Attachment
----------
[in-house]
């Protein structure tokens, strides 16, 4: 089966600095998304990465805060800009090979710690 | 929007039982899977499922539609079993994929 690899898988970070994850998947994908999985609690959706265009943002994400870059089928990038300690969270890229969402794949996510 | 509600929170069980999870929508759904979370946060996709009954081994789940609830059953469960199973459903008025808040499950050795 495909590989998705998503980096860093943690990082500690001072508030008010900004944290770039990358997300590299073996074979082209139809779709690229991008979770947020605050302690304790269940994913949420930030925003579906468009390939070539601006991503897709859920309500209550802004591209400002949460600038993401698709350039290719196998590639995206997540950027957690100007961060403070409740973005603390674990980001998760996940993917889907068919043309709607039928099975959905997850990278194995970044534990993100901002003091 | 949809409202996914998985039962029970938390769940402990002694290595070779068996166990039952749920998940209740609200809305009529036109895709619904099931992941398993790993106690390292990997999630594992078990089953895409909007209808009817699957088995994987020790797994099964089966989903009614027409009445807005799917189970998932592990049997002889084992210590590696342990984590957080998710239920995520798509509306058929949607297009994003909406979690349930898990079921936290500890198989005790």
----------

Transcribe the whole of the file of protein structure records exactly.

[in-house]
């Protein structure tokens, strides 16, 4: 089966600095998304990465805060800009090979710690 | 929007039982899977499922539609079993994929 690899898988970070994850998947994908999985609690959706265009943002994400870059089928990038300690969270890229969402794949996510 | 509600929170069980999870929508759904979370946060996709009954081994789940609830059953469960199973459903008025808040499950050795 495909590989998705998503980096860093943690990082500690001072508030008010900004944290770039990358997300590299073996074979082209139809779709690229991008979770947020605050302690304790269940994913949420930030925003579906468009390939070539601006991503897709859920309500209550802004591209400002949460600038993401698709350039290719196998590639995206997540950027957690100007961060403070409740973005603390674990980001998760996940993917889907068919043309709607039928099975959905997850990278194995970044534990993100901002003091 | 949809409202996914998985039962029970938390769940402990002694290595070779068996166990039952749920998940209740609200809305009529036109895709619904099931992941398993790993106690390292990997999630594992078990089953895409909007209808009817699957088995994987020790797994099964089966989903009614027409009445807005799917189970998932592990049997002889084992210590590696342990984590957080998710239920995520798509509306058929949607297009994003909406979690349930898990079921936290500890198989005790």